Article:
To obtain loan forgiveness, it’s necessary to meet all of the program’s requirements year after year. Unfortunately, some borrowers who have counted on PSLF have discovered — 10 years later — that they didn’t meet all the criteria. If a student wishes to benefit from the program, they should thoroughly understand it to ensure that they’re on track to qualify for forgiveness.
Eligible Student Loans and Payment Plans
Any loan made under the Federal Direct Loan Program can qualify for PSLF. These include Subsidized and Unsubsidized Stafford Loans, PLUS Loans, and Federal Direct Consolidation Loans. Although the FFEL or Perkins loan programs have been discontinued, they can be converted into a Direct Consolidation Loan and thereby qualify for PSLF.
In addition, eligible loans need to be on an eligible repayment plan in order to qualify. The ED’s Income Driven Repayment (IDR) plans that qualify for PSLF are the following:
• Revised Pay As You Earn,
• Pay As You Earn,
• Income-Based Repayment, and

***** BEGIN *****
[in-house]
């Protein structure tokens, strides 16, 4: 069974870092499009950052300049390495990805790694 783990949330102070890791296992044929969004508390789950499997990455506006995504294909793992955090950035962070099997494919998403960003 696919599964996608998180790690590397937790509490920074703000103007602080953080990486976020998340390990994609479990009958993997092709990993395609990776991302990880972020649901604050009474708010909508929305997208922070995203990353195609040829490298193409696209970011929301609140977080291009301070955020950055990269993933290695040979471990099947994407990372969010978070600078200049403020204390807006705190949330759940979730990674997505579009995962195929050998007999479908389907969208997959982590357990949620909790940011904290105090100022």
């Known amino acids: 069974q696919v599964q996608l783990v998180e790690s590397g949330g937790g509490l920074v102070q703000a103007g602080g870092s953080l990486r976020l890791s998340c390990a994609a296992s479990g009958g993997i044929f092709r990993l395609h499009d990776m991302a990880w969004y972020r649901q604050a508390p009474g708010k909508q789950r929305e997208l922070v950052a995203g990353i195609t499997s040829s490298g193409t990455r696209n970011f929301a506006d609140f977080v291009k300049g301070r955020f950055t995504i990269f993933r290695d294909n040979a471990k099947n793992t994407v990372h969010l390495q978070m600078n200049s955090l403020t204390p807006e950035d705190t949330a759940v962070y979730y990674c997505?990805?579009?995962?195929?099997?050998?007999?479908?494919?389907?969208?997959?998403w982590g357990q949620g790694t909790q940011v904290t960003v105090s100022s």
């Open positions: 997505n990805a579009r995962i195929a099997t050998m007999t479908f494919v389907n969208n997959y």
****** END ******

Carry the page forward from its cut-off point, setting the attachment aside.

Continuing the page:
• Income-Contingent Repayment.
Steps to Qualify for PSLF
Eligible payments become qualifying payments when a borrowers submits the PSLF application form. In November 2020, ED introduced one form for PSLF and employment certification. The form is titled, “The Public Service Loan Forgiveness (PSLF) and Temporary Expanded PSLF (TEPSLF) Certification and Application”. It is available at studentaid.gov/pslf
Each borrower has an organizations called a loan servicer assigned by the ED to handle billing and other matters for their account. The following are the loan servicers that work for ED: FedLoan Servicing, Great Lakes Educational Loan Services, Edfinancial, MOHELA, Aidvantage, Nelnet, OSLA Servicing, ECSI, and Default Resolution Group. These are the organizations that process the PSLF applications of borrowers and they are the first point of contact for borrowers regarding their PSLF applications.
Information that borrowers will need for the application includes: